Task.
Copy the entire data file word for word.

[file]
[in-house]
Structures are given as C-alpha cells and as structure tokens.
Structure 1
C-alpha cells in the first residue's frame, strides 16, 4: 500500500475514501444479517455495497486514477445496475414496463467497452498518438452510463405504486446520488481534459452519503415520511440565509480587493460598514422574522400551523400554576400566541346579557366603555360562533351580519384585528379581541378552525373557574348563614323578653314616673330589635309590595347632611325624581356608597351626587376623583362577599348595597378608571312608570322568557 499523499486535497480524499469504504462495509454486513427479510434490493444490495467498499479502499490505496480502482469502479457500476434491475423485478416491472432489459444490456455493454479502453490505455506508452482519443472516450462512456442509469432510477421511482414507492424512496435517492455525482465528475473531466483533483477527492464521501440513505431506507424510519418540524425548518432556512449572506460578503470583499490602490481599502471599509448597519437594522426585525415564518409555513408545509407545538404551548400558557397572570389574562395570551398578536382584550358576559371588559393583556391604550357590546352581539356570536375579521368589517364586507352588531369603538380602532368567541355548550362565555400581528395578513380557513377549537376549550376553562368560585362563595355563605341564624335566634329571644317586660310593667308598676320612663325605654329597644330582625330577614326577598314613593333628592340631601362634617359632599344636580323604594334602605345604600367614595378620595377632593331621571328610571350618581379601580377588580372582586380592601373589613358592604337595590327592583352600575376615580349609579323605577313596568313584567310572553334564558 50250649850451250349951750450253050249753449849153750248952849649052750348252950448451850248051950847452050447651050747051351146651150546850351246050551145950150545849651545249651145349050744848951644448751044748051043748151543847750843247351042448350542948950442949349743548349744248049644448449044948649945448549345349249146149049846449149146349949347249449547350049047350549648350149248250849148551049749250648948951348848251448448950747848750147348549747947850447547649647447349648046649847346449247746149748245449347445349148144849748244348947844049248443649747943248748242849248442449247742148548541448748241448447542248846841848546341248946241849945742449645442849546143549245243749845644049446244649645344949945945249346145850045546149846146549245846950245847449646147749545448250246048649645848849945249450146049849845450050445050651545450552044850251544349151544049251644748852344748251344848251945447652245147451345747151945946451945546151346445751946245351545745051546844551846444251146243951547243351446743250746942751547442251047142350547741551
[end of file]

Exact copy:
[in-house]
Structures are given as C-alpha cells and as structure tokens.
Structure 1
C-alpha cells in the first residue's frame, strides 16, 4: 500500500475514501444479517455495497486514477445496475414496463467497452498518438452510463405504486446520488481534459452519503415520511440565509480587493460598514422574522400551523400554576400566541346579557366603555360562533351580519384585528379581541378552525373557574348563614323578653314616673330589635309590595347632611325624581356608597351626587376623583362577599348595597378608571312608570322568557 499523499486535497480524499469504504462495509454486513427479510434490493444490495467498499479502499490505496480502482469502479457500476434491475423485478416491472432489459444490456455493454479502453490505455506508452482519443472516450462512456442509469432510477421511482414507492424512496435517492455525482465528475473531466483533483477527492464521501440513505431506507424510519418540524425548518432556512449572506460578503470583499490602490481599502471599509448597519437594522426585525415564518409555513408545509407545538404551548400558557397572570389574562395570551398578536382584550358576559371588559393583556391604550357590546352581539356570536375579521368589517364586507352588531369603538380602532368567541355548550362565555400581528395578513380557513377549537376549550376553562368560585362563595355563605341564624335566634329571644317586660310593667308598676320612663325605654329597644330582625330577614326577598314613593333628592340631601362634617359632599344636580323604594334602605345604600367614595378620595377632593331621571328610571350618581379601580377588580372582586380592601373589613358592604337595590327592583352600575376615580349609579323605577313596568313584567310572553334564558 50250649850451250349951750450253050249753449849153750248952849649052750348252950448451850248051950847452050447651050747051351146651150546850351246050551145950150545849651545249651145349050744848951644448751044748051043748151543847750843247351042448350542948950442949349743548349744248049644448449044948649945448549345349249146149049846449149146349949347249449547350049047350549648350149248250849148551049749250648948951348848251448448950747848750147348549747947850447547649647447349648046649847346449247746149748245449347445349148144849748244348947844049248443649747943248748242849248442449247742148548541448748241448447542248846841848546341248946241849945742449645442849546143549245243749845644049446244649645344949945945249346145850045546149846146549245846950245847449646147749545448250246048649645848849945249450146049849845450050445050651545450552044850251544349151544049251644748852344748251344848251945447652245147451345747151945946451945546151346445751946245351545745051546844551846444251146243951547243351446743250746942751547442251047142350547741551